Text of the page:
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The McLaren P1 was officially revealed

By Adrian Prisca


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Even if it’s going to have its official debut at the 2013 Geneva Motor Show, here’s the official reveal of the McLaren P1 production version ahead of its display. Finally, the specialists at McLaren have decided to reveal the full list of details about their latest brainchild, the P1.

What impressed us the most was not its exclusivity or price, but the performance behind this exquisite supercar. The P1 reportedly boasts a feature that helps its engine add more thrill to the driver, dubbed the Instant Power Assist System. With this baby turned on, drivers beware!

The P1 reaches 62 mph (100 km/h) from a standstill in less than 3 seconds, while the 124 mph (200 km/h) marker gets passed in just under 7 seconds. Whopping as it is, the car needs just around 17 seconds to get to 186 mph (300 km/h) and the exhilaration won’t end until it reaches 350 km/h (217 mph) – the electronically limited maximum speed of the P1.

The IPAS feature, though, does not simply consist of software – it is in fact an electric motor which can be activated via a button found on the steering wheel. This electric engine provides the engine of the P1 with the throttle response of a normally-aspirated engine. In addition, there’s the DRS button on the steering wheel – Drag Reduction System – this means the rear wing reduces its angle, lowering the drag by around 23%. At the simple press of the brake pedal or the release of the button, the driver is able to turn this particular feature off.

Now, the engine – you’d probably thing all that power and torque required to get a car to 350 km/h plus will require a huge propulsion system. But no, the McLaren P1 relies on a 3.8-liter twin-turbo mid-mounted V8 engine which churns out a respectable 737 HP (542 kW) at 7,500 RPM and 720 Nm (531 lb-ft) of torque at 4,000 RPM, alongside an electric motor which adds 179 HP (132 kW) and 260 Nm (192 lb-ft) of torque. The combined output is rather astronomical – 916 HP (674 kW) and 900 Nm (663 lb-ft) of torque!

Add this to a 7-speed twin clutch Graziano transmission and you’ll have the proof that Ron Dennis is obsessed with the high-tech. Interestingly enough, the P1 can also be driven fully electrically, with a range of 20 km (12.4 miles), at an average speed of 30 mph (48 km/h) – but this would just be defiance.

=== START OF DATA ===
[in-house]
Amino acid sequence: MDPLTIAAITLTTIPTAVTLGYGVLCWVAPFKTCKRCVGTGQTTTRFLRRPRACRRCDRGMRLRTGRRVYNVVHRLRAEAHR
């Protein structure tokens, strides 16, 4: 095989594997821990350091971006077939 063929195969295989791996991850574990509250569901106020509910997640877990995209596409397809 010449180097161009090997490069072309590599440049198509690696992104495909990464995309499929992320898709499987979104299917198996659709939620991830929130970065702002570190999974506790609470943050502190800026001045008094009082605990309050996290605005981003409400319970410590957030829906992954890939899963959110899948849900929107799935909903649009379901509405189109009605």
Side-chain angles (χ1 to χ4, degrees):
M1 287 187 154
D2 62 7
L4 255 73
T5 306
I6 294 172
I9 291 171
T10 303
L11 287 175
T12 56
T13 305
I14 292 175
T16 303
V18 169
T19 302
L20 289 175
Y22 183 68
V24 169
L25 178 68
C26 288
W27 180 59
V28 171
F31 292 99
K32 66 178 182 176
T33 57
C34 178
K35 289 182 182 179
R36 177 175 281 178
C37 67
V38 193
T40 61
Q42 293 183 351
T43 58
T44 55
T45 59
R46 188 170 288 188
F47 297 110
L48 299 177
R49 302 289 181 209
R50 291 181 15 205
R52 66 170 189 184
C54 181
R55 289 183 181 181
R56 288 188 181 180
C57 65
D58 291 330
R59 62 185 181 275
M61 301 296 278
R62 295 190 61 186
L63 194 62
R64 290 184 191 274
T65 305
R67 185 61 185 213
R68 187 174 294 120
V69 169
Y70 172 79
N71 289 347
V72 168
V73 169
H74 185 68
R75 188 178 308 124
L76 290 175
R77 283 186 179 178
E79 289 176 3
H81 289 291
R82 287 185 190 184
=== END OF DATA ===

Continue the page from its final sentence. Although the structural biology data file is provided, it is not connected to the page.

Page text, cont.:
In technical terms, the drag coefficient of the P1 is as cool as 0.34, while the downforce generated is 5 times better than the MP4-12Cs – a stunning 600 kg. The chassis only weighs around 220 lbs (100 kg), while the whole car tips the scales at 3,086 lbs (approximately 1,400 kg). Furthermore, it runs on Pirelli P Zero Corsa tires and the CO2 emissions are extremely low – less than 200 g/km. The brake discs are crafted from some innovative sort of carbon ceramic, making them lighter, better in heat dissipation and way nice to look at, thanks to the custom ceramic layer coating that provides them a gorgeous shine.

The cabin is particularly driver-oriented, carbon fiber being the main material used. An additional and pretty interesting feature is that the carbon surfaces haven’t been decked with the top layer of resin, as this would’ve added 3.3 lbs (1.5 kg) to the car’s weight. The seat shells are particularly light as well, weighing just 23.1 lbs (10.5 kg). They, and the steering column, are adjustable, with the backrests fixed at a 28 degree angle. This can be modified though, to increase helmet clearance, to 32 degrees.

In addition, McLaren specialists have also thought of bestowing the P1 with climate control, state of the art audio system and satellite navigation. There’s also the digital dashboard which needs to be mentioned, providing the drivers with all the info they need.

In terms of manufacture and pricing, McLaren says this car will set one back a whopping £866,000, the approximate equivalent of $1,150,000 US or €1,005,000. Original plans used to say this car will be produced in 500 units, but after long chats with potential owners, who were reportedly concerned about the car’s exclusivity rather than its speed, Ron Dennis has finally decided to limit its production to just 375 pieces.

So, great looks, stunning performance, exclusivity, perfect endowments and the promises of a new automotive experience – what’s next, McLaren? The first official flight to Proxima Centauri? Can’t wait!


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About Adrian Prisca

Founder of Luxatic and countless other projects, Adrian has shaped this website into a go-to source for discerning readers looking for the latest in luxury products and experiences. He has over 15 years of experience in creating, managing and publishing lifestyle content across numerous platforms and he’s considered a leading voice in the luxury industry. Learn more about Luxatic's Editorial Process.

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